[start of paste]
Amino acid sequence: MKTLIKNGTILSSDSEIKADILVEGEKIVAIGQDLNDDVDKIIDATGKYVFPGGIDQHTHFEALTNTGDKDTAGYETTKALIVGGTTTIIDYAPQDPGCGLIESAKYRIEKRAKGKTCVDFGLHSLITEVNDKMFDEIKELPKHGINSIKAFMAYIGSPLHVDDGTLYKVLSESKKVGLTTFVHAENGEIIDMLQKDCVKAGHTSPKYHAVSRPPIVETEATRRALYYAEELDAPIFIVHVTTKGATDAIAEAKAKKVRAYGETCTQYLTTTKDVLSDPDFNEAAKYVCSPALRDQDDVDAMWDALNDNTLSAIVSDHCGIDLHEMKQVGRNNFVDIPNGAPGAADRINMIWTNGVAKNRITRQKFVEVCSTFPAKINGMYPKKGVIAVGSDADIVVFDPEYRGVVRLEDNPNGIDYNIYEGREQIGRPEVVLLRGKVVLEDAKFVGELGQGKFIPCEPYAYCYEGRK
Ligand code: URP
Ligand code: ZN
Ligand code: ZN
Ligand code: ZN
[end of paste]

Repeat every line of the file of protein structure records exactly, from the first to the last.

Amino acid sequence: MKTLIKNGTILSSDSEIKADILVEGEKIVAIGQDLNDDVDKIIDATGKYVFPGGIDQHTHFEALTNTGDKDTAGYETTKALIVGGTTTIIDYAPQDPGCGLIESAKYRIEKRAKGKTCVDFGLHSLITEVNDKMFDEIKELPKHGINSIKAFMAYIGSPLHVDDGTLYKVLSESKKVGLTTFVHAENGEIIDMLQKDCVKAGHTSPKYHAVSRPPIVETEATRRALYYAEELDAPIFIVHVTTKGATDAIAEAKAKKVRAYGETCTQYLTTTKDVLSDPDFNEAAKYVCSPALRDQDDVDAMWDALNDNTLSAIVSDHCGIDLHEMKQVGRNNFVDIPNGAPGAADRINMIWTNGVAKNRITRQKFVEVCSTFPAKINGMYPKKGVIAVGSDADIVVFDPEYRGVVRLEDNPNGIDYNIYEGREQIGRPEVVLLRGKVVLEDAKFVGELGQGKFIPCEPYAYCYEGRK
Ligand code: URP
Ligand code: ZN
Ligand code: ZN
Ligand code: ZN